By Dave Van Hattum, Advocacy Director
Editor’s Note: TLC’s Dave Van Hattum has served as one of two transit representatives on the Transportation Advisory Board since December 2011, and played a significant role in advocating for this greater emphasis on social equity. Thanks to Dave and to all who voted YES.
Walking on Saint Paul’s East Side.
On September 17, the region’s Transportation Advisory Board (TAB) took a historic vote to include social equity considerations in its scoring of project funding applications. The new equity points, among points in a number of traditional transportation criteria (usage, age of facility, etc.), do two essential things. One, they give a slight preference to projects (roads, transit, and bicycle/pedestrian) benefitting people of color, people living in poverty, and especially people in racially concentrated areas of poverty. Second, they connect transportation and housing outcomes, by aligning points with efforts by cities and counties to increase the availability of affordable housing.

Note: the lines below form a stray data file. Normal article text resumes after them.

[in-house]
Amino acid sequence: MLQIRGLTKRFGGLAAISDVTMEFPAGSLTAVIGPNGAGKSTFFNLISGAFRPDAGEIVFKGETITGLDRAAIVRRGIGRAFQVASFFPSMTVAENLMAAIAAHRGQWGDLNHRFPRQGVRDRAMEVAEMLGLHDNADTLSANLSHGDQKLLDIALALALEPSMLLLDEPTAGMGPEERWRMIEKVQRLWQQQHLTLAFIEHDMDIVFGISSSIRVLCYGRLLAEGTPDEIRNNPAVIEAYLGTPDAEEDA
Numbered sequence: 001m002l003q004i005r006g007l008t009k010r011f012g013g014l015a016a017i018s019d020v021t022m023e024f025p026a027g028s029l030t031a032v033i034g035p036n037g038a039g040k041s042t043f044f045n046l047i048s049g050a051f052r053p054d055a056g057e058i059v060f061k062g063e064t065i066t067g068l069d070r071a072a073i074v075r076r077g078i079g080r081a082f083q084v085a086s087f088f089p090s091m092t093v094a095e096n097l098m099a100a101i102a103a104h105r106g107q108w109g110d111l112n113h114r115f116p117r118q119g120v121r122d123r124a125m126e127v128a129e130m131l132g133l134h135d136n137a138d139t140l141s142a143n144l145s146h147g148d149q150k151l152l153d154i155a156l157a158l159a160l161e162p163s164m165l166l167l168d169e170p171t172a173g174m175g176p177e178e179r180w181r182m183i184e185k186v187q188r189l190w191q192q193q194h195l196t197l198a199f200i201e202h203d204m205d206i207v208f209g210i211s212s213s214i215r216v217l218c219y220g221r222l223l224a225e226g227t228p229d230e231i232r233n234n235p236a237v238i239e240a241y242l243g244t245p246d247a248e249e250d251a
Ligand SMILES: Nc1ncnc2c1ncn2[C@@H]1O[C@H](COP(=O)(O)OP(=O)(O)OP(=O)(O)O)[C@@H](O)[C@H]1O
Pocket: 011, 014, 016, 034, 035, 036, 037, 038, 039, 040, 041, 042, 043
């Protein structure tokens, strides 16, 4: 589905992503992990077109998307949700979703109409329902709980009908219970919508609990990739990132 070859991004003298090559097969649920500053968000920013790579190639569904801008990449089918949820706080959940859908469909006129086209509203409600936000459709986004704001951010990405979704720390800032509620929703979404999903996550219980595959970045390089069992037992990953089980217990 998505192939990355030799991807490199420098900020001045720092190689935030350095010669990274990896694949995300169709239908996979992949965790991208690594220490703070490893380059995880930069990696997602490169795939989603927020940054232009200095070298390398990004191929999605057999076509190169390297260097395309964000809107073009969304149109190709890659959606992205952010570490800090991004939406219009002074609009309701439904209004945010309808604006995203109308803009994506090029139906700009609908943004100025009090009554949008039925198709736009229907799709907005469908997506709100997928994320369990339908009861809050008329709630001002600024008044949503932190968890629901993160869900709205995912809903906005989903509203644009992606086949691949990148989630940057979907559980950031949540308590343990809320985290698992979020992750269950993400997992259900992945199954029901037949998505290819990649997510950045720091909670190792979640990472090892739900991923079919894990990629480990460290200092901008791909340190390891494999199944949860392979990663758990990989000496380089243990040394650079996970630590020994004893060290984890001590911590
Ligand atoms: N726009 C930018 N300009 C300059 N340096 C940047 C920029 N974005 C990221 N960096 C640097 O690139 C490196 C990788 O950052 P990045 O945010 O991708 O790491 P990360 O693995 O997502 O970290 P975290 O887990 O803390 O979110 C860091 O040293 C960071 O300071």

The TAB, in coordination with the Metropolitan Council, allocates approximately $150 million in flexible (across mode and geography) federal transportation funds every two years through what is called the Regional Solicitation. Because transportation needs in the region far exceed funding available from a variety of sources (see www.MoveMN.org for more info), the selection of projects is very competitive. The 33-member TAB, per federal rules, is made up of a majority of local elected officials (city and county government), as well as appointed citizen, agency, and modal (transit, bike/walk, freight) representatives.
Over the past two years, the Metropolitan Council has undertaken an extensive evaluation of the Regional Solicitation. Led by a consultant team and involving the TAB, the Met. Council, and the Technical Advisory Committee (TAC) to the TAB, the evaluation was designed with two primary objectives:
- Better align funding decisions with regional policy
- Simplify a complex and costly application process